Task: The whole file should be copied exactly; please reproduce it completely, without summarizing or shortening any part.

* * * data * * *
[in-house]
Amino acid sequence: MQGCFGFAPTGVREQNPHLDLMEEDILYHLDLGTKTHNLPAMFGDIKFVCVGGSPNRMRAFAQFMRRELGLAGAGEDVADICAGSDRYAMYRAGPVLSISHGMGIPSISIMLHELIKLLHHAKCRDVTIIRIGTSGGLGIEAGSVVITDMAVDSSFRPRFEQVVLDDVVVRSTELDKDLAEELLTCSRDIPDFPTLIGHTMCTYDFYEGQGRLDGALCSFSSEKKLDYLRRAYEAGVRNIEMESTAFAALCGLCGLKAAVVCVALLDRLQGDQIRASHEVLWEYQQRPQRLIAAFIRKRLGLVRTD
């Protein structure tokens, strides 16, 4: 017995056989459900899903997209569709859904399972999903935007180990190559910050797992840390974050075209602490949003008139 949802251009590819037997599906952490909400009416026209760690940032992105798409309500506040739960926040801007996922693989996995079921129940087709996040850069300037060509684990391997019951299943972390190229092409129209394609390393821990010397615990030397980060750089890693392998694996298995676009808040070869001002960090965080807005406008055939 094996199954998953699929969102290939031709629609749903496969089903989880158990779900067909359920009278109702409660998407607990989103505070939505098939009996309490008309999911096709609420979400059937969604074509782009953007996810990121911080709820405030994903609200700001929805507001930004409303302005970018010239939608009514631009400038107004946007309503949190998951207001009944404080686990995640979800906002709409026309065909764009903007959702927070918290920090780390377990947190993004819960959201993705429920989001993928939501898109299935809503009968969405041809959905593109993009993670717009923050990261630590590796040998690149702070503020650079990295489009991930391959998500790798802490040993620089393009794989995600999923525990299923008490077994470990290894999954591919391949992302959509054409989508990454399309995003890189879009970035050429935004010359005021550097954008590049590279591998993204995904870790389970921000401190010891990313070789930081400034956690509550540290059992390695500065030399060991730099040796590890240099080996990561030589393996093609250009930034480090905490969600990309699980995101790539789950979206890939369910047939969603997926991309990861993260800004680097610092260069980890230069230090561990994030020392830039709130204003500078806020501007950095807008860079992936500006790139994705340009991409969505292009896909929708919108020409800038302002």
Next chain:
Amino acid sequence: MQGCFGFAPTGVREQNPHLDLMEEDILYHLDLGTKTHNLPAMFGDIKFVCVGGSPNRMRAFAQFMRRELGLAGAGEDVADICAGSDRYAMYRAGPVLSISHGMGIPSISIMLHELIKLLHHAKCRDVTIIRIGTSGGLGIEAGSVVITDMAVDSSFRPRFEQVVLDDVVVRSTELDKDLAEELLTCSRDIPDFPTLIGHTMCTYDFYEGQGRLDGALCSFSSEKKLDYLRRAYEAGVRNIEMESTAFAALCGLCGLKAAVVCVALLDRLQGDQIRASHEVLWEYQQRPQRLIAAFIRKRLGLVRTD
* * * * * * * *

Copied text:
[in-house]
Amino acid sequence: MQGCFGFAPTGVREQNPHLDLMEEDILYHLDLGTKTHNLPAMFGDIKFVCVGGSPNRMRAFAQFMRRELGLAGAGEDVADICAGSDRYAMYRAGPVLSISHGMGIPSISIMLHELIKLLHHAKCRDVTIIRIGTSGGLGIEAGSVVITDMAVDSSFRPRFEQVVLDDVVVRSTELDKDLAEELLTCSRDIPDFPTLIGHTMCTYDFYEGQGRLDGALCSFSSEKKLDYLRRAYEAGVRNIEMESTAFAALCGLCGLKAAVVCVALLDRLQGDQIRASHEVLWEYQQRPQRLIAAFIRKRLGLVRTD
């Protein structure tokens, strides 16, 4: 017995056989459900899903997209569709859904399972999903935007180990190559910050797992840390974050075209602490949003008139 949802251009590819037997599906952490909400009416026209760690940032992105798409309500506040739960926040801007996922693989996995079921129940087709996040850069300037060509684990391997019951299943972390190229092409129209394609390393821990010397615990030397980060750089890693392998694996298995676009808040070869001002960090965080807005406008055939 094996199954998953699929969102290939031709629609749903496969089903989880158990779900067909359920009278109702409660998407607990989103505070939505098939009996309490008309999911096709609420979400059937969604074509782009953007996810990121911080709820405030994903609200700001929805507001930004409303302005970018010239939608009514631009400038107004946007309503949190998951207001009944404080686990995640979800906002709409026309065909764009903007959702927070918290920090780390377990947190993004819960959201993705429920989001993928939501898109299935809503009968969405041809959905593109993009993670717009923050990261630590590796040998690149702070503020650079990295489009991930391959998500790798802490040993620089393009794989995600999923525990299923008490077994470990290894999954591919391949992302959509054409989508990454399309995003890189879009970035050429935004010359005021550097954008590049590279591998993204995904870790389970921000401190010891990313070789930081400034956690509550540290059992390695500065030399060991730099040796590890240099080996990561030589393996093609250009930034480090905490969600990309699980995101790539789950979206890939369910047939969603997926991309990861993260800004680097610092260069980890230069230090561990994030020392830039709130204003500078806020501007950095807008860079992936500006790139994705340009991409969505292009896909929708919108020409800038302002």
Next chain:
Amino acid sequence: MQGCFGFAPTGVREQNPHLDLMEEDILYHLDLGTKTHNLPAMFGDIKFVCVGGSPNRMRAFAQFMRRELGLAGAGEDVADICAGSDRYAMYRAGPVLSISHGMGIPSISIMLHELIKLLHHAKCRDVTIIRIGTSGGLGIEAGSVVITDMAVDSSFRPRFEQVVLDDVVVRSTELDKDLAEELLTCSRDIPDFPTLIGHTMCTYDFYEGQGRLDGALCSFSSEKKLDYLRRAYEAGVRNIEMESTAFAALCGLCGLKAAVVCVALLDRLQGDQIRASHEVLWEYQQRPQRLIAAFIRKRLGLVRTD